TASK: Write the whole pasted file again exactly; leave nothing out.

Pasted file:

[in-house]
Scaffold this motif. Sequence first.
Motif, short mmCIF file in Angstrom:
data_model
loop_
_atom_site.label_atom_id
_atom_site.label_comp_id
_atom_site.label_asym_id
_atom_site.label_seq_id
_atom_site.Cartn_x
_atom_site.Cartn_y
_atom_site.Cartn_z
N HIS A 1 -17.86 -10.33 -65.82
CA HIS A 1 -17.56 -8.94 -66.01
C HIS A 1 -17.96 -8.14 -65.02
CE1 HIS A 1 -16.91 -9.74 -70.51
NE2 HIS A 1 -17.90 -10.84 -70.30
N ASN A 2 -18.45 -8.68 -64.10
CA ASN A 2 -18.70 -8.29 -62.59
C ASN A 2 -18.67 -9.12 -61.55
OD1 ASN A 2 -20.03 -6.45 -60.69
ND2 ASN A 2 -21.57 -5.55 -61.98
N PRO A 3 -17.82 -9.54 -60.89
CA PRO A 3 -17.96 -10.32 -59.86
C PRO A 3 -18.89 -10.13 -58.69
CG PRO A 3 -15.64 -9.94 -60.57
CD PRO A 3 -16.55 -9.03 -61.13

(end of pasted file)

[in-house]
Scaffold this motif. Sequence first.
Motif, short mmCIF file in Angstrom:
data_model
loop_
_atom_site.label_atom_id
_atom_site.label_comp_id
_atom_site.label_asym_id
_atom_site.label_seq_id
_atom_site.Cartn_x
_atom_site.Cartn_y
_atom_site.Cartn_z
N HIS A 1 -17.86 -10.33 -65.82
CA HIS A 1 -17.56 -8.94 -66.01
C HIS A 1 -17.96 -8.14 -65.02
CE1 HIS A 1 -16.91 -9.74 -70.51
NE2 HIS A 1 -17.90 -10.84 -70.30
N ASN A 2 -18.45 -8.68 -64.10
CA ASN A 2 -18.70 -8.29 -62.59
C ASN A 2 -18.67 -9.12 -61.55
OD1 ASN A 2 -20.03 -6.45 -60.69
ND2 ASN A 2 -21.57 -5.55 -61.98
N PRO A 3 -17.82 -9.54 -60.89
CA PRO A 3 -17.96 -10.32 -59.86
C PRO A 3 -18.89 -10.13 -58.69
CG PRO A 3 -15.64 -9.94 -60.57
CD PRO A 3 -16.55 -9.03 -61.13